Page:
Getting Started in Web Design Pt. 1 — Tools of the Trade

Spanish, French, HTML, all three are languages, but only two of them are regularly taught in school, yet one of them is universal.  Truth is the world runs on the internet and knowing how to speak the language of computers is an in demand skill.


This will be an ongoing series to teach you how to build your very own website from scratch.  For the time being there is no definitive structure, but I will go in order from easiest concepts to hardest concepts.  Generally, front-end web design starts with the HTML structure, CSS is used to stylize the website, and Javascript adds functionality, this will be in the same order in which I will be doing the tutorial as they are built upon each other.

The Goal of this first series is to create a basic web page that you can create from your home computer.  I will be using a Windows 10 development environment, but most everything we discuss can be done with Mac, if you have any questions, please post it in the comments as most other people will have similar questions.  Let’s get to it!

 This article is intended for beginners wanting to learn web design.  That being said, if you have done some web design in the past and feel comfortable you might want to skim this next section, but I would recommend looking it over to give you some basis for the tutorial.


Computer Basics — Turtles All the Way Down

Understanding computer science is a lot like an onion, it is built upon layers on top of other layers that become an onion.

  • Operating System: For Most people this will be either Windows or Macintosh (OSX), but there are other open source operating systems out there such as Linux and its variations.

The operating system is what interfaces (interacts) with the user and the machine.  There are two different versions of operating systems:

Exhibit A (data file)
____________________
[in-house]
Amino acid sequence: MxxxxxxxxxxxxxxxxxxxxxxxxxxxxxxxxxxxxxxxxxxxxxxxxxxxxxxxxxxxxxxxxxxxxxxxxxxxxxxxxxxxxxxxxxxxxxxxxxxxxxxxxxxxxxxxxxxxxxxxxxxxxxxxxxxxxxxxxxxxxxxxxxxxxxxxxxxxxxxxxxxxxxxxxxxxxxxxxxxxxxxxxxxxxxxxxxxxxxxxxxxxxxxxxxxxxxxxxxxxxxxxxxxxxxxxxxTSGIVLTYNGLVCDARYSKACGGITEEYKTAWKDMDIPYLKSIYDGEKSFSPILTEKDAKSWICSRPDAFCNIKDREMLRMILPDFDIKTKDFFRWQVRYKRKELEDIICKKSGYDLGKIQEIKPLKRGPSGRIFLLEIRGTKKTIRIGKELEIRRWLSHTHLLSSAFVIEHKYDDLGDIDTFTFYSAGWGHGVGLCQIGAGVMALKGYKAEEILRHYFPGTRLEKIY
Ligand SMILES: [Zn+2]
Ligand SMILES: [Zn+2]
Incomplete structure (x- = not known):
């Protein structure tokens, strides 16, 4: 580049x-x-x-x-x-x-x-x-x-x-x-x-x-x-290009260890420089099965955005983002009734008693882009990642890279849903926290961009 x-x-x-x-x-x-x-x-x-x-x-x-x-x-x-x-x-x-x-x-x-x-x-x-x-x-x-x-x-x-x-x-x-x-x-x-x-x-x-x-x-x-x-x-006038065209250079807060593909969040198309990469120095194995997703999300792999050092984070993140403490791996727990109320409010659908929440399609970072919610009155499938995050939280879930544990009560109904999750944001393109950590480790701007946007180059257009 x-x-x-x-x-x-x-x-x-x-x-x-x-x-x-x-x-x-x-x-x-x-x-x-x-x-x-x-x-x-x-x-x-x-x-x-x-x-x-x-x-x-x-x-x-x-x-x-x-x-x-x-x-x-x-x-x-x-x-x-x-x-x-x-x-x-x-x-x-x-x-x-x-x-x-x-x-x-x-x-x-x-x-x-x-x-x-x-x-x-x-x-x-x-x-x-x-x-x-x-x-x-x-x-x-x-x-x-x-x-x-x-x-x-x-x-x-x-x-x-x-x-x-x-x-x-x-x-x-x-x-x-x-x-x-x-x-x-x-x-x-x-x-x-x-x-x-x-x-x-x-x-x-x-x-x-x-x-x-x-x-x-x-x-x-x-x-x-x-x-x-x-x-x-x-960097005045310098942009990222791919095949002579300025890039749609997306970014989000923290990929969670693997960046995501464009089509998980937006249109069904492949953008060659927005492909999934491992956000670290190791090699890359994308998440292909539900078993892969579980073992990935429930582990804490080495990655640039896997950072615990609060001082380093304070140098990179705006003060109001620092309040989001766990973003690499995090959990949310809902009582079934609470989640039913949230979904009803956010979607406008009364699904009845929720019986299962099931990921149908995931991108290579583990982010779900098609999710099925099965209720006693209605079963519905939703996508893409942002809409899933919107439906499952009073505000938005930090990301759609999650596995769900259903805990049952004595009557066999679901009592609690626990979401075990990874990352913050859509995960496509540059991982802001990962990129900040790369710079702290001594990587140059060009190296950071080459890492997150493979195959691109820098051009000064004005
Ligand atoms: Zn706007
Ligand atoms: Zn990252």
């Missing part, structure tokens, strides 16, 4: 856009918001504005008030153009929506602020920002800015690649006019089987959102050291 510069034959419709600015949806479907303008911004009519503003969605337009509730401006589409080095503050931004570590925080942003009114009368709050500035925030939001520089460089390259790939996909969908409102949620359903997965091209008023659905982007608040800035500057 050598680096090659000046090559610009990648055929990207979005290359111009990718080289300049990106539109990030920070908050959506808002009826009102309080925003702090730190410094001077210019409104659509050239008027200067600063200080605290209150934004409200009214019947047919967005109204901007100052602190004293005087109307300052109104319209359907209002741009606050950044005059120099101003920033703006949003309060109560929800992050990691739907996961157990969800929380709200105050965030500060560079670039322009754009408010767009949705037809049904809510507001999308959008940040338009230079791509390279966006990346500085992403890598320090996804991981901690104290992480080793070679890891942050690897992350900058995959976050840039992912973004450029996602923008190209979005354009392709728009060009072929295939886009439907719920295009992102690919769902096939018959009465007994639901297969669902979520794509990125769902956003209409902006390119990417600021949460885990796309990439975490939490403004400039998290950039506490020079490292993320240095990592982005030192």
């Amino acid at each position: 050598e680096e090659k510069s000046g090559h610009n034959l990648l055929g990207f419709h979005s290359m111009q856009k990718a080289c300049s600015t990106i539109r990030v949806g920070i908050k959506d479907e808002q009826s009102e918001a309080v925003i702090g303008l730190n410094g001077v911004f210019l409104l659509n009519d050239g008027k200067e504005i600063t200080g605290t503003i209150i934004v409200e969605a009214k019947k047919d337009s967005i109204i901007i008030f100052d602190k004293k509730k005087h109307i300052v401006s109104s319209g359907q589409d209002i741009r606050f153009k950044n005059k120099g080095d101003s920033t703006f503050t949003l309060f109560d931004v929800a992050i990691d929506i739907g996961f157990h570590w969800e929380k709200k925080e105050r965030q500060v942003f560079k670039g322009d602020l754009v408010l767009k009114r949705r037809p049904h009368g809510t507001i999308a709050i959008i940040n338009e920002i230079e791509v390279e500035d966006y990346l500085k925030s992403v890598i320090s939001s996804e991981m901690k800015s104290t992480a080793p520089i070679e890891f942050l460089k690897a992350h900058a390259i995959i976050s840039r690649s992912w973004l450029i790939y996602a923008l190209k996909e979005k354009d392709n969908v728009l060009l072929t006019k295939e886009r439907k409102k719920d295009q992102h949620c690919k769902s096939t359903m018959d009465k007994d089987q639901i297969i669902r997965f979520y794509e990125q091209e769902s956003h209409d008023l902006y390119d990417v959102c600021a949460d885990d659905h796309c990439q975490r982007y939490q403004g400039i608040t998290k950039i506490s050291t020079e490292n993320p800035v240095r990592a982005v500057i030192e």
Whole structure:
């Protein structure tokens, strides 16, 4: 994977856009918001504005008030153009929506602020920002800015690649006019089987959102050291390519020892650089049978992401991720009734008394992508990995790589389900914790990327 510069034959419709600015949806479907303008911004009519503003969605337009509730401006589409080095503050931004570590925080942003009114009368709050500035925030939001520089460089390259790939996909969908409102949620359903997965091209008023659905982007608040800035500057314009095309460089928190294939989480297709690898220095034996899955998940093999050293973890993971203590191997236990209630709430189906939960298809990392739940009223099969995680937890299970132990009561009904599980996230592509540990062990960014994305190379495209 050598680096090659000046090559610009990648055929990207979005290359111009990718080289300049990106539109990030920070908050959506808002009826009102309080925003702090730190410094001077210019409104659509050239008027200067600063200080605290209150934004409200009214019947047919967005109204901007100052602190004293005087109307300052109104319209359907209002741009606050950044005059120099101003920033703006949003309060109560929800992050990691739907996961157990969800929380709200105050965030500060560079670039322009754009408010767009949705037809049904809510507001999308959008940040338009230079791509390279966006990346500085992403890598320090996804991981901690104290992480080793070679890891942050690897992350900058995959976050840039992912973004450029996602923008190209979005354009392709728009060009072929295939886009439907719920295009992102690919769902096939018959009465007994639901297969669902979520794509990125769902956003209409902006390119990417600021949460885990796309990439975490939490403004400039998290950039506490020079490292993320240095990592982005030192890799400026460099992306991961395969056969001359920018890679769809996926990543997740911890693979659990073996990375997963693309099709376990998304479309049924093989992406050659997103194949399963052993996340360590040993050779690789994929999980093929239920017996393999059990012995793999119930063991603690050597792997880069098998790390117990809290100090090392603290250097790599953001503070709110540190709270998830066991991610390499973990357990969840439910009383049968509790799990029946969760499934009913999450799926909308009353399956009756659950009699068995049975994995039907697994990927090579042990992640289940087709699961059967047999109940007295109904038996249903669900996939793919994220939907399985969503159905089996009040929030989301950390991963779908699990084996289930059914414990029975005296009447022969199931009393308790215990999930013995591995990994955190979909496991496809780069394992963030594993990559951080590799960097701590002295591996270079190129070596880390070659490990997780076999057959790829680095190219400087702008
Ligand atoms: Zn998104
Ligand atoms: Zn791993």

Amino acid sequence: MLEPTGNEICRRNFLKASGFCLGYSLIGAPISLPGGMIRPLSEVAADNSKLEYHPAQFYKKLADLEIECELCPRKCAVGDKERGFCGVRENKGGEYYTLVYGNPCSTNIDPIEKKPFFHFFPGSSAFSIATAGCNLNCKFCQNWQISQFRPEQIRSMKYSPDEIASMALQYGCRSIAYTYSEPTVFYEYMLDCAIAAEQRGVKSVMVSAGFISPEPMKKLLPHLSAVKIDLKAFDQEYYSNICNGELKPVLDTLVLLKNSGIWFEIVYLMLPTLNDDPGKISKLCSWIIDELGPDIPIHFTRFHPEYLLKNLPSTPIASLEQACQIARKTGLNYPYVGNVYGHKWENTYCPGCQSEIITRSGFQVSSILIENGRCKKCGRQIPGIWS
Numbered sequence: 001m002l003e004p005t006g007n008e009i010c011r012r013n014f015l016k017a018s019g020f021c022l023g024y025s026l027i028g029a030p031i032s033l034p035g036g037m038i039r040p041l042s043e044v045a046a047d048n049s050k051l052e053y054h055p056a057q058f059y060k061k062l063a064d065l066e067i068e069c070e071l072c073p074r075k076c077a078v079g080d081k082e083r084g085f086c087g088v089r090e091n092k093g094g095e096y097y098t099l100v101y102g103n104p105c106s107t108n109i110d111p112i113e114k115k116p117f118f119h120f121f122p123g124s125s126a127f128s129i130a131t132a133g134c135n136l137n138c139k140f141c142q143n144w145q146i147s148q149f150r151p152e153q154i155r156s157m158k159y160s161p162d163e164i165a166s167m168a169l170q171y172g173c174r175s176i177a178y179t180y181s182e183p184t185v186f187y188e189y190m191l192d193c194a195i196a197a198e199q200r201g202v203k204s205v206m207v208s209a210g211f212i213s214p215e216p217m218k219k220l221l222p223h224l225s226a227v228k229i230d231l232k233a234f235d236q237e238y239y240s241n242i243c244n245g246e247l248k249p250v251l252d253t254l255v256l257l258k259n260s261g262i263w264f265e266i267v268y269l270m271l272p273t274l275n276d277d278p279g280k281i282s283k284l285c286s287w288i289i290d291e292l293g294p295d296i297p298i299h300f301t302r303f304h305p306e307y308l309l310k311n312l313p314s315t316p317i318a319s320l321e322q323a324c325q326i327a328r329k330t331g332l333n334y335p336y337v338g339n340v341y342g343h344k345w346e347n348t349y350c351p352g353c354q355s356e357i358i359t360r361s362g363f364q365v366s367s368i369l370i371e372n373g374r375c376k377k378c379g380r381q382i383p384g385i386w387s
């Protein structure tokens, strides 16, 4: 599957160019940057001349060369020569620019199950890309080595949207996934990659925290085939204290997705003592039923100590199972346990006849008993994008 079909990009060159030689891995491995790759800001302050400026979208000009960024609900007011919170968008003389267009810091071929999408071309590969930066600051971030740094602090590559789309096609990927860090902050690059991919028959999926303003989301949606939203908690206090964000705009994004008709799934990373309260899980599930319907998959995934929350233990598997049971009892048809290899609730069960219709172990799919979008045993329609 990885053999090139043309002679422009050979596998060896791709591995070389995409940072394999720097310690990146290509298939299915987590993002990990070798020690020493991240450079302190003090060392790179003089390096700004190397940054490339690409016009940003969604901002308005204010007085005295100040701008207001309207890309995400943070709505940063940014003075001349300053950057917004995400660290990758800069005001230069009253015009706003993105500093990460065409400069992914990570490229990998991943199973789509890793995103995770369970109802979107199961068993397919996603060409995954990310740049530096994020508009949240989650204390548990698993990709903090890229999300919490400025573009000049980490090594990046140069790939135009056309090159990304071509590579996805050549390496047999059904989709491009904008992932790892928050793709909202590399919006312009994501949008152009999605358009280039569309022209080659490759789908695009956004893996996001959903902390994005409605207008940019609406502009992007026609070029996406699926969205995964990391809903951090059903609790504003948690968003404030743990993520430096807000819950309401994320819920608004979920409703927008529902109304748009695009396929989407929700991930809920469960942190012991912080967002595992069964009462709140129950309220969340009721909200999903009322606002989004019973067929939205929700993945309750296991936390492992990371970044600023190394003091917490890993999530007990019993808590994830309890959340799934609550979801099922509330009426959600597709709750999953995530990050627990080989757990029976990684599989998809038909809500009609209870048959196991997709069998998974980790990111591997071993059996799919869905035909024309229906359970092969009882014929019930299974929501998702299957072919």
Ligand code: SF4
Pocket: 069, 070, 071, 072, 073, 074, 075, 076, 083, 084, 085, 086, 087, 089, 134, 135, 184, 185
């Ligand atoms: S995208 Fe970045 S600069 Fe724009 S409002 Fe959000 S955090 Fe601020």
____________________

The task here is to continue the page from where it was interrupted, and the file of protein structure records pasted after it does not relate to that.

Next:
command promptCommand line — For those of us old enough to remember the DoS operating system from the 1990’s this was one of the original operating systems.  A command line interface is generally a black background with white text, user interact with the operating system via text commands.  You can still access the command line using the Command Prompt on Windows or the Terminal for OSX.

Graphical User Interface (GUI) — Most likely you are using the GUI Pronounced Gooey right now.  This interface provides graphic representation of folders and the files contained within them to interact with the user.

A lot more could be said about operating systems, but for our purposes we will stop here.

browser icons

  • Web Browser: The web browser is similar to the operating system, but is specifically designed for the user to interact with the internet.  Overall, browsers are fairly uniform and can support all the technology mentioned in this article.  Some common browsers include Chrome, Firefox, and Safari.

Web browsers generally come down to personal preferences when choosing a browser.  Broadly speaking browsers are fairly standardized, personally I use Chrome or Firefox.

  • Developer Tools: These tools can be used to develop web sites and applications.  This is a broad topic that can get confusing as well as expensive.

Integrate Development Environment (IDE) — Don’t let the technical name scare you, this is the software you will be using to develop the software.  We will be using CodePen for our IDE as it is free, easy to use and visualize the code, as well as has a robust community full of inspiration.

Repositories —  These are used to store and share projects, CodePen has a repository function that allows users to show off what we are working on.  Github is unequivocally the most popular repository on the web, we won’t be using it right now, but it will definitely be a future topic.  If you are interested in doing more software development in the future, I would highly recommend signing up with a free account.

Creative Software — Self-explanatory this software is to design content such as photos, video, or music.  Learning Adobe Photoshop was my gateway to software design and to me is the most fun aspect of web design.  We will eventually touch on this subject, but for the time being we will use Gimp a free open-source photo editing software.

Turtles-All-The-Way-Down1We will stop here, but just know it is turtles all the way down and we can get into a lot more detail, which we will eventually.  For the time being review some of the topics listed above.

A summary of the tools we will be using for the next modules is listed below as well as additional resources.  This week is pretty straight forward, but please take the time to review the tools and familiarize yourself with what they are.  If you have any questions please post them in the comments section.


Codepen — Front-end IDE

Gimp — Free Image Editor

W3Schools — Reference for Web Design



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